The Iron Wedge and a Climate on the Edge: The potential for artificial iron fertilisation of the Southern Ocean as a viable carbon dioxide mitigation strategy
Degree GrantorUniversity of Canterbury
Degree LevelPostgraduate Certificate
Degree NamePostgraduate Certificate in Antarctic Studies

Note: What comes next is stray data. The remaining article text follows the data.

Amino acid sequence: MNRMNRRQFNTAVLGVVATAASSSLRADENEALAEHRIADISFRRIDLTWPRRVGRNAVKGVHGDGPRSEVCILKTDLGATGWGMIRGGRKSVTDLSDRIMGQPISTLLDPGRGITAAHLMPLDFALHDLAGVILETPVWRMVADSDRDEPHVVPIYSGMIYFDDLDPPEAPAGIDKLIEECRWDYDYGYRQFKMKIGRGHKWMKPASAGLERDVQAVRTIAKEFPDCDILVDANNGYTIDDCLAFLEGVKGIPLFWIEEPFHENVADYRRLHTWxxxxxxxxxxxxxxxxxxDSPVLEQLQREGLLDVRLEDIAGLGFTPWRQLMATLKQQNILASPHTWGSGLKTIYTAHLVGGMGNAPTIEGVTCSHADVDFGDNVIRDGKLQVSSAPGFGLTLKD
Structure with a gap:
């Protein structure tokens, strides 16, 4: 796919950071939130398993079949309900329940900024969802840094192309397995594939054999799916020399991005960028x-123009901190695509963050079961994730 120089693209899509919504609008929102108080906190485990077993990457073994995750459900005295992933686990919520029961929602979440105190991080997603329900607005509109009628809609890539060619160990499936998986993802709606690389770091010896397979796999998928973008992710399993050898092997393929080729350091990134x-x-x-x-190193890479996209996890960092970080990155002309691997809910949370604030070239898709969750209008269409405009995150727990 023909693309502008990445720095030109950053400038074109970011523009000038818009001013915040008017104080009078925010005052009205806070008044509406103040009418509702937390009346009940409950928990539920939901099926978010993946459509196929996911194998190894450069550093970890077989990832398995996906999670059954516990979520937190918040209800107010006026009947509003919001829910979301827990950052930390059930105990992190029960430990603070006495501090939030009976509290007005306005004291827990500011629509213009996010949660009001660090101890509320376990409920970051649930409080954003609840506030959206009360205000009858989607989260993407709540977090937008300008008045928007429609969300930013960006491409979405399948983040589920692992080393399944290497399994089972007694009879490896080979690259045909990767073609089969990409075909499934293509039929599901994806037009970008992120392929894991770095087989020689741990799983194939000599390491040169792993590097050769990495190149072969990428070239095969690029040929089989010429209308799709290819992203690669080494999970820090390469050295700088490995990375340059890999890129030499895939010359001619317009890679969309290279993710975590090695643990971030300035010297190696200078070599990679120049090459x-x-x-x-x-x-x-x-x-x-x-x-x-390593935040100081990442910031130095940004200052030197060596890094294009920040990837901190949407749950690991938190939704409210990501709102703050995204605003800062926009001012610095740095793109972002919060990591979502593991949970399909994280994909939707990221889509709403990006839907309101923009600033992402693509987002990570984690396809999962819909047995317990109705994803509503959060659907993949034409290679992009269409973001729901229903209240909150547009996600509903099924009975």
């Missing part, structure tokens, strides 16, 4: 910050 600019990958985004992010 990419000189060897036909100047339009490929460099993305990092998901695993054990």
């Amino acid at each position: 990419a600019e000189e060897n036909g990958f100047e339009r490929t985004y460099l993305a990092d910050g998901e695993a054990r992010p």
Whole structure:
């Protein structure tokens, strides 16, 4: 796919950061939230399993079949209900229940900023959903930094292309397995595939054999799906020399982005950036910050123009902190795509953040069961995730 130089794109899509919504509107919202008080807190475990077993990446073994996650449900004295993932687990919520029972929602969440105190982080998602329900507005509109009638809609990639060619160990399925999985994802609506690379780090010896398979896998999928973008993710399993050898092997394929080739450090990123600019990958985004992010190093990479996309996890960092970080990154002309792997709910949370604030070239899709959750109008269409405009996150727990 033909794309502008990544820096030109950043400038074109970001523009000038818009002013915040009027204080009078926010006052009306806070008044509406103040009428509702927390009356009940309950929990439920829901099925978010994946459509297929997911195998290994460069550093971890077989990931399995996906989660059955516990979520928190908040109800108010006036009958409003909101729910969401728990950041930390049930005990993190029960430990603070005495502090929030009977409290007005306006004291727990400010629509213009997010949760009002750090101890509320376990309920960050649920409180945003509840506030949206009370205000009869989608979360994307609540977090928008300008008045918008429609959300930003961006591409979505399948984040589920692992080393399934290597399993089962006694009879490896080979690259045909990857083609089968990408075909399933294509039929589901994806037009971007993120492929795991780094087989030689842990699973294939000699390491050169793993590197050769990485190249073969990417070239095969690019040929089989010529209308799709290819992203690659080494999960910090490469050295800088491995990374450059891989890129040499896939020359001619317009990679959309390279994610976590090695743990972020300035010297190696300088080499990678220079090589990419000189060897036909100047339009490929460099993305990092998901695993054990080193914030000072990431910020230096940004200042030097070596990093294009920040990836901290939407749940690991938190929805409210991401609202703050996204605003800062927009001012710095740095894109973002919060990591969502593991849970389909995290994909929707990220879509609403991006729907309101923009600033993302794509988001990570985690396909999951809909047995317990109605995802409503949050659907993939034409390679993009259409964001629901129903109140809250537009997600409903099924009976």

Although it still remains a misunderstood concept amongst the majority of the world’s population, ‘climate change’ is a term which sticks in the minds of people from all walks of life. Scientists have proven that CO2 levels in the atmosphere are increasing due to anthropogenic activity, although it remains uncertain just how much of an effect this increase may have in the future, due to the lag time associated with the increase and the consequent response. Countless mitigation schemes have been put forward that could be used either to cut down the amounts of CO2 entering the atmosphere, or alternatively remove significant amounts of CO2 using the worlds natural carbon sinks. Terrestrial ecosystems are thought to be the largest sink, fixing 1 – 2 tonnes of carbon per km2 annually through photosynthesis (Myers and Kent 2005). In the past, it has been assumed that oceans have a minor role to play in the carbon cycle, contributing only to small carbon fluxes. It has since been proven that the ocean has the potential to hold up to sixty times more inorganic carbon than the atmosphere (Bathmann et al. 2000). The ocean’s role in the carbon cycle is illustrated below.